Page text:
Self-taught sculptor Vannoy Streeter was known as “Wireman” because of the fanciful creations he fashioned from coat hangers and metal wire. Best known for his depictions of the Tennessee Walking Horse, Streeter also created scores of other images using wrapped and twisted wire. He particularly enjoyed making things with moving parts, such as cars with steering wheels that turned front and rear axles, airplanes with twirling propellers, motorcycles with kickstands, and eighteen-wheelers that actually rolled. Another favorite subject was music. Streeter created numerous figures of Elvis Presley playing guitar, and stages full of the Tina Turner Revue and James Brown with his band. By the time of his death in 1998, Streeter had gained national exposure. He participated in the National Black Arts Festival in 1990, and his work attracted collectors from around the United States.
Born in 1919 in Wartrace, Tennessee, Streeter moved with his family to what would later become a Tennessee Walking Horse farm. At the time, owners were still training their mixed thoroughbreds to prance in front of buggies. The oldest of six brothers, he learned the horse grooming and training business from his father. When the first Walking Horse Celebration was held in Wartrace, Streeter was there to observe the high-stepping front legs and sliding, low-slung back legs that created the characteristic rocking gait. After the Walking Horse Celebration moved to its current home in the county seat of Shelbyville, Streeter took special pride in the fact that African American trainers helped develop the Walking Horse style and that champion horse “Strolling Jim” was from Wartrace. Nearly every wire Walking Horse that Streeter created carried an African American rider outfitted in top hat and tails.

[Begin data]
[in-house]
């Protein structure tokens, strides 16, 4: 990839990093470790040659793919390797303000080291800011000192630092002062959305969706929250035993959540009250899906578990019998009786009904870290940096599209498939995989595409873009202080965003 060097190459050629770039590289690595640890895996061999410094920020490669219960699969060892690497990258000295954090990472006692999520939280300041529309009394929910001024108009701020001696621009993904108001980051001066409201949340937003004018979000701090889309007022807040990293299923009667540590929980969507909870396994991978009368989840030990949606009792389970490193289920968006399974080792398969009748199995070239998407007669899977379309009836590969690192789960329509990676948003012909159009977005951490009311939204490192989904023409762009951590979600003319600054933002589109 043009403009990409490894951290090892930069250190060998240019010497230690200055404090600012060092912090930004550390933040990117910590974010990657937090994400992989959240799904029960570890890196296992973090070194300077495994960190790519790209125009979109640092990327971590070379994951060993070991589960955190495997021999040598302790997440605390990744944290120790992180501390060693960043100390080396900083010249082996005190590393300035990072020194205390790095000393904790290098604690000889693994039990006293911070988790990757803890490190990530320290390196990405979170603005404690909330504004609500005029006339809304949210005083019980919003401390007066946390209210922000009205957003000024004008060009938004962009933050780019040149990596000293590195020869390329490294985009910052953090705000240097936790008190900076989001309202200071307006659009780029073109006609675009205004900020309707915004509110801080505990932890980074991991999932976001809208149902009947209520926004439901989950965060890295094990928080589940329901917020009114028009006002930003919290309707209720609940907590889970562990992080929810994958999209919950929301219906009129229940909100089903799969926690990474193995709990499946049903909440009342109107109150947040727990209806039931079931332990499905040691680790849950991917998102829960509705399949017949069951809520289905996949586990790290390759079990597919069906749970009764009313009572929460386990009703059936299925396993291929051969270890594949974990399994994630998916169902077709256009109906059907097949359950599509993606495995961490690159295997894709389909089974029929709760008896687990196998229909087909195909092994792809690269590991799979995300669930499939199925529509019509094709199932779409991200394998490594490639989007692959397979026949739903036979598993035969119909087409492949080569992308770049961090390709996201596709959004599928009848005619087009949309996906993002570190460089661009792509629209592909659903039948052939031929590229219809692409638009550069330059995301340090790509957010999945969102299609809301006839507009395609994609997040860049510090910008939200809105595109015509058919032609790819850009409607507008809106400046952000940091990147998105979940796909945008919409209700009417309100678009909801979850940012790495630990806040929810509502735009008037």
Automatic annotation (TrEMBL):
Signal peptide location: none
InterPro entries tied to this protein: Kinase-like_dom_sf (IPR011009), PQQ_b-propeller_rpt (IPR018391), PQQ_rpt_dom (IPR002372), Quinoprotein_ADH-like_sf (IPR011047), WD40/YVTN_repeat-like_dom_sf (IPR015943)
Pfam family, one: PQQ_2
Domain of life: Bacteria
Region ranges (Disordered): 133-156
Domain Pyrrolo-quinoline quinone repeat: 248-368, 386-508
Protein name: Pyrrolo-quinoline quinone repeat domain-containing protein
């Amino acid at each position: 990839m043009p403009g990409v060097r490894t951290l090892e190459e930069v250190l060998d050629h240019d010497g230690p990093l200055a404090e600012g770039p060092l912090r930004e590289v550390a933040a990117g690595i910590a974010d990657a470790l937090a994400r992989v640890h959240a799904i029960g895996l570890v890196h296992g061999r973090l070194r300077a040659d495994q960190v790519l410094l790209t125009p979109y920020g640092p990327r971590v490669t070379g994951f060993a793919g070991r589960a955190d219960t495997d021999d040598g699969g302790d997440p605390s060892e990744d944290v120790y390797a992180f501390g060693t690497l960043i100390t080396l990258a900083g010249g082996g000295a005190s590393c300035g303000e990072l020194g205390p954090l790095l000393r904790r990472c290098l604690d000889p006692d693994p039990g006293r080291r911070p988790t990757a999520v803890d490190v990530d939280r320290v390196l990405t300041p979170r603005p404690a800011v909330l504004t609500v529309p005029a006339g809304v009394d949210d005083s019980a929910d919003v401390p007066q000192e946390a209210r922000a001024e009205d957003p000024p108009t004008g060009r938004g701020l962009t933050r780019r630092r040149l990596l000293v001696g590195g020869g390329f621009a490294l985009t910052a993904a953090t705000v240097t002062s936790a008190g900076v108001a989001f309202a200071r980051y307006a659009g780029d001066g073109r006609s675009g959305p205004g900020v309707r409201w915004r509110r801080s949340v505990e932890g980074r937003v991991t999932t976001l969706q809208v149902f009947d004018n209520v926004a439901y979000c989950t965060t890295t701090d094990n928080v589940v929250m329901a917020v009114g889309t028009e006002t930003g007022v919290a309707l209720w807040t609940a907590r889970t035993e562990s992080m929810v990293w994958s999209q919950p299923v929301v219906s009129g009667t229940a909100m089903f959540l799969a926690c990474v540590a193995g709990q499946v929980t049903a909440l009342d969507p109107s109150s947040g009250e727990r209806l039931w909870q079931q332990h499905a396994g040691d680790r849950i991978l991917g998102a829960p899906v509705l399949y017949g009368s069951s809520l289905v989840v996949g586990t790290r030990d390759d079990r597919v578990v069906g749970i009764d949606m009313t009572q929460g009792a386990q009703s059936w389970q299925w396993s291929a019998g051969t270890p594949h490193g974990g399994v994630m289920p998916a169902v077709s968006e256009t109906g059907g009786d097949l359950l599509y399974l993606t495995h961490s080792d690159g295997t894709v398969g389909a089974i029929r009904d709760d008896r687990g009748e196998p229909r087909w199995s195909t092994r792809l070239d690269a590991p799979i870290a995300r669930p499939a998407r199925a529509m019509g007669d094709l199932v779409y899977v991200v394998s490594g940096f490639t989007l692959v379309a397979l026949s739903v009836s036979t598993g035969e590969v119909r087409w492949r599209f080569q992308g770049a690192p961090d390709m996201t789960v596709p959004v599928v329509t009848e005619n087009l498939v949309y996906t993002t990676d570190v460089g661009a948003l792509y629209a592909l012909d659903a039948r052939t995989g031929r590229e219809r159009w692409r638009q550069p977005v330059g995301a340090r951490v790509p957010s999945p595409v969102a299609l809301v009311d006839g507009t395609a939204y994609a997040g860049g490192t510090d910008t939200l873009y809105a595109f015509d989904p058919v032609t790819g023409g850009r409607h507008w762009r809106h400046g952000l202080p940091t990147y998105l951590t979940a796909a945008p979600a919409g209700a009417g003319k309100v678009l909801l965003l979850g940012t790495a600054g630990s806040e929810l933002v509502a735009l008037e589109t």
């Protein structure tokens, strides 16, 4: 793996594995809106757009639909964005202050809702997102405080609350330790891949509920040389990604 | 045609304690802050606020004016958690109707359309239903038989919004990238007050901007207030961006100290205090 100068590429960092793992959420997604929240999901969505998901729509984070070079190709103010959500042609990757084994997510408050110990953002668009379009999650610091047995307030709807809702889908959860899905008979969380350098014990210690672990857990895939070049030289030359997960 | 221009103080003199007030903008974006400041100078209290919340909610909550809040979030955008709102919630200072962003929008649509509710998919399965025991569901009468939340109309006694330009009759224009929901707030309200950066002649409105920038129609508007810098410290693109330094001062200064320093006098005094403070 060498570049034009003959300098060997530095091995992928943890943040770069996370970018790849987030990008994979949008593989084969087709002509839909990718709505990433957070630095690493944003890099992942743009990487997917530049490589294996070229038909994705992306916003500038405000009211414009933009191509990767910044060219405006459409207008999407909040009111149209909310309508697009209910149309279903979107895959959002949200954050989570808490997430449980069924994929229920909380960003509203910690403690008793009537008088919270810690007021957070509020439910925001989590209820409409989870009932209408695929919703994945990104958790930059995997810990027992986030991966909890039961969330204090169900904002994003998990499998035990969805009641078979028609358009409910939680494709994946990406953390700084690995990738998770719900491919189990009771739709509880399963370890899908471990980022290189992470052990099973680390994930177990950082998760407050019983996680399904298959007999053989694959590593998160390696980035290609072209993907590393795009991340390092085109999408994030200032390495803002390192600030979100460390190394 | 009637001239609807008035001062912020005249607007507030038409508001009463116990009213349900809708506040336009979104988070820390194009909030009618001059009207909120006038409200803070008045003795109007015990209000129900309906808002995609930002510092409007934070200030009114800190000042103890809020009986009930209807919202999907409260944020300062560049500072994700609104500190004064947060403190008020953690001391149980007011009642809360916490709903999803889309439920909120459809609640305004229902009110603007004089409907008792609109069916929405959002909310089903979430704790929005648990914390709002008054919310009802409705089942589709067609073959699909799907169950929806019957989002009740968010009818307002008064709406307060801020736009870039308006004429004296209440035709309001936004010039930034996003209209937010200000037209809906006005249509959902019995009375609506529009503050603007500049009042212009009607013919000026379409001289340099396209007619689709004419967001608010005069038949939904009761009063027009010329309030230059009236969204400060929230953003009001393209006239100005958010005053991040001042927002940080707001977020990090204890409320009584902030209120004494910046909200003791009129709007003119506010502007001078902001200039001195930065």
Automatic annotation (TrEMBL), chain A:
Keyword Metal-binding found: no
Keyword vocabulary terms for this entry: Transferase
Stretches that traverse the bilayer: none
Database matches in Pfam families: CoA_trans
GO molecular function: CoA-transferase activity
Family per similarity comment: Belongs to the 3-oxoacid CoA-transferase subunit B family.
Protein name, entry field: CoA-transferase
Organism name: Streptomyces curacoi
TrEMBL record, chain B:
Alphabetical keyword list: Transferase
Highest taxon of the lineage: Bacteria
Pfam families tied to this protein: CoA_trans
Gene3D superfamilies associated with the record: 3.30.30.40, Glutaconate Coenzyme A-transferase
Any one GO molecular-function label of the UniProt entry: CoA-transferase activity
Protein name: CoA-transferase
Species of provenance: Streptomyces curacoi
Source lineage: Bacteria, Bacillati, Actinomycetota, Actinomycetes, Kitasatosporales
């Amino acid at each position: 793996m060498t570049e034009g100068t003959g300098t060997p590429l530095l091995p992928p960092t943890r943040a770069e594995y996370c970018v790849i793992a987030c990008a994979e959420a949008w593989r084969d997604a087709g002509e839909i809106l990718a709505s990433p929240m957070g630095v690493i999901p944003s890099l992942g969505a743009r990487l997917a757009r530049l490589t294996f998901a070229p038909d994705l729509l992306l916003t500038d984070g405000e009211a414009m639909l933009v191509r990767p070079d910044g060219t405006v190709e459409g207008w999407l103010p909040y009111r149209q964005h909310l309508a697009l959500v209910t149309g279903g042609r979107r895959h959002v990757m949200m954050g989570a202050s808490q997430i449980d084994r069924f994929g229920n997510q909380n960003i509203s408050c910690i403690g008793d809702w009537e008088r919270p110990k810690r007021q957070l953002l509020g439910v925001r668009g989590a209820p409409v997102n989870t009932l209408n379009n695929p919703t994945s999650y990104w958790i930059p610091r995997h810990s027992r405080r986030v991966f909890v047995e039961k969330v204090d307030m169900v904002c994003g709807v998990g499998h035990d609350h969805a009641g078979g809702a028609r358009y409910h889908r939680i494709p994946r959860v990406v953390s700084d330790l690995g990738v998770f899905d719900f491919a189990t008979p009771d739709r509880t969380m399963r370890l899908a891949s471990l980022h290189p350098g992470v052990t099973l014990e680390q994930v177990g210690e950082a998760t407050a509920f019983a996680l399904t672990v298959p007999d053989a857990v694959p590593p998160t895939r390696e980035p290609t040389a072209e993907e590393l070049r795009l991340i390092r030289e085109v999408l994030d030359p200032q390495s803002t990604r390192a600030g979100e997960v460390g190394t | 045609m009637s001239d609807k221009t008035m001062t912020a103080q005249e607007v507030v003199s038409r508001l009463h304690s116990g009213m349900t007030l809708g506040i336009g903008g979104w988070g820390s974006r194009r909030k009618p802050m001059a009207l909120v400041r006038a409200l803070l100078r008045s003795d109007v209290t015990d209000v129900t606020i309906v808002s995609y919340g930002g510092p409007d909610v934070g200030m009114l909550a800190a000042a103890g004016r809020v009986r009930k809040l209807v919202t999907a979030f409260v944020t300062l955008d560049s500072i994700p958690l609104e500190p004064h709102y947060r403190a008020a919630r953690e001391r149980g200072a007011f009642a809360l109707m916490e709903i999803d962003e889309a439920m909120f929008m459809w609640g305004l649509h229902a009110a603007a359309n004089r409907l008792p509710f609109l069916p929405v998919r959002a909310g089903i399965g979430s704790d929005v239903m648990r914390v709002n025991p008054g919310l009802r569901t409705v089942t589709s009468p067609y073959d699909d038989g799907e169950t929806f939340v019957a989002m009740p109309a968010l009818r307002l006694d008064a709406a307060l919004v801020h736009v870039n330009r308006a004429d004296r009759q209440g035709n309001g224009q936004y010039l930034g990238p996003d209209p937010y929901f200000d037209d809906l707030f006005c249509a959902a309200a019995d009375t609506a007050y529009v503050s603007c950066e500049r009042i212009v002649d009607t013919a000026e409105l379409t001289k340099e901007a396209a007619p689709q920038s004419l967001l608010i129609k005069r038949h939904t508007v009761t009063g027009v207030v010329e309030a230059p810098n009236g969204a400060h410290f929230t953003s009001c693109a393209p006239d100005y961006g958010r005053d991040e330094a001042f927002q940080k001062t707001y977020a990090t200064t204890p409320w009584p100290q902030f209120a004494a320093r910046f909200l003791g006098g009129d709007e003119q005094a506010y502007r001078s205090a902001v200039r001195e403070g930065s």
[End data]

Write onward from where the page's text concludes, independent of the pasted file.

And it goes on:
In a 1990 interview with folk art collector Dan Prince, Streeter recalled as a youngster fashioning toy wagons, horses, and mules from baling wire: “I saw a horse and wanted one so I took wire and made me one.” He also remembered winning a first grade art contest with a wire airplane. Seeing toy trucks, cars, and trains in the store windows of nearby Shelbyville prompted young Streeter to make the toys his parents could not afford. He continued to make wire sculpture using brand-new coat hangers (which he purchased by the five-hundred-box load) for most, bracing wire for the large-scale pieces, and fine-gauge wire for detail work. Starting with a pair of regular pliers, he would bend wire around a straight hanger bottom, snip it with wire cutters, then form and shape it with needle-nose pliers, adding thin wire for details. When he was commissioned to make twenty-five horses as awards for the Dixie Jubilee horse show in Jackson, Mississippi, Streeter, ever the inventor, claimed never to have made the same piece twice. He also created a customized set of camels for a Kentucky high-school basketball team and made numerous Walking Horses, race cars, wagons, and mules. The largest piece he ever made was a life-size Walking Horse and rider, for which a protective storage shed was built to ensure its annual display in Bell Buckle, Tennessee.
Videotaped interview with Daniel C. Prince, Jan. 18, 1990, Self Taught Artists Resources (S.T.A.R.), Vanderbilt University Special Collections;
Vannoy Streeter vertical file, Box 18, Folder 11, S.T.A.R. papers, Vanderbilt University Special Collections, Heard Library